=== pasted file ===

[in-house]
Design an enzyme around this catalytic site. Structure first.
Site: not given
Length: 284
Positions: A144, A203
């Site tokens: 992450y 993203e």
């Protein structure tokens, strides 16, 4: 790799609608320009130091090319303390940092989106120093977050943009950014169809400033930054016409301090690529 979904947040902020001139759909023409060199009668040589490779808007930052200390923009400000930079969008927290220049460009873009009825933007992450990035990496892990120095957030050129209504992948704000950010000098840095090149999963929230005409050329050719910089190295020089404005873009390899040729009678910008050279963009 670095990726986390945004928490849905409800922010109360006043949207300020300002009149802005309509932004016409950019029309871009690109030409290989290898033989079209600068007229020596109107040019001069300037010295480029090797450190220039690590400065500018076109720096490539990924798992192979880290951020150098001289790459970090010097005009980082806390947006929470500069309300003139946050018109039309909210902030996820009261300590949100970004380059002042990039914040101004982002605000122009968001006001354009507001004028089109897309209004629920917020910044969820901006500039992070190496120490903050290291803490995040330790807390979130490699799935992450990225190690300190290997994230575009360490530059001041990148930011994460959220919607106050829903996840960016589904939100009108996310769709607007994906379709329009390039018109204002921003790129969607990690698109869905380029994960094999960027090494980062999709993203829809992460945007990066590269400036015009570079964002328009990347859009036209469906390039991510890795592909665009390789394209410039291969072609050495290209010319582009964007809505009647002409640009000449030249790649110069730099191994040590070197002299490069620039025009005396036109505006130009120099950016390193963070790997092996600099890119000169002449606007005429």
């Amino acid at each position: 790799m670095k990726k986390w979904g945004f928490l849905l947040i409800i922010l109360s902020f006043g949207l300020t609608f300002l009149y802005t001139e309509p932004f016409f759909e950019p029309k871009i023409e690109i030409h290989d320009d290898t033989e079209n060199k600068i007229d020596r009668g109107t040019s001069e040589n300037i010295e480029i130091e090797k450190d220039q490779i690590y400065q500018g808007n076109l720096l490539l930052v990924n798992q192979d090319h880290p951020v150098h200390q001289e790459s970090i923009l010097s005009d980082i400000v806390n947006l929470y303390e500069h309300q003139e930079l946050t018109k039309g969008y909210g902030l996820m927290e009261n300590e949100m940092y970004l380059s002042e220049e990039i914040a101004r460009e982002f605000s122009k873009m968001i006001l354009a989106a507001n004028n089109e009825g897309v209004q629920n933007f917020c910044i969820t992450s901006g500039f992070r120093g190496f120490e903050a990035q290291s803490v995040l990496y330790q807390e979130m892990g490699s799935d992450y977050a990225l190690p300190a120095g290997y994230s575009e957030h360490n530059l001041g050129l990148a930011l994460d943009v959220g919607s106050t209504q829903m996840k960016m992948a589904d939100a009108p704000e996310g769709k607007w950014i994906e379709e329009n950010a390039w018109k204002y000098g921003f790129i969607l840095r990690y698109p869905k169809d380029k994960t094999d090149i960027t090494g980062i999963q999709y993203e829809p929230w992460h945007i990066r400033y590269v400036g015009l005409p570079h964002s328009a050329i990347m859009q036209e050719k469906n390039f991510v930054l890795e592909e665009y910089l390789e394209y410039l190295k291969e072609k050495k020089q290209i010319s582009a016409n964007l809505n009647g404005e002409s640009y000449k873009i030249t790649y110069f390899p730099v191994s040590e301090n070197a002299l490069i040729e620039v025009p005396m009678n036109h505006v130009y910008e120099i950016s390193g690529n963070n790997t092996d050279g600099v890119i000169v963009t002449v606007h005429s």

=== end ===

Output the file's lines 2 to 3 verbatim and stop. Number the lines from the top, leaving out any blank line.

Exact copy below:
Design an enzyme around this catalytic site. Structure first.
Site: not given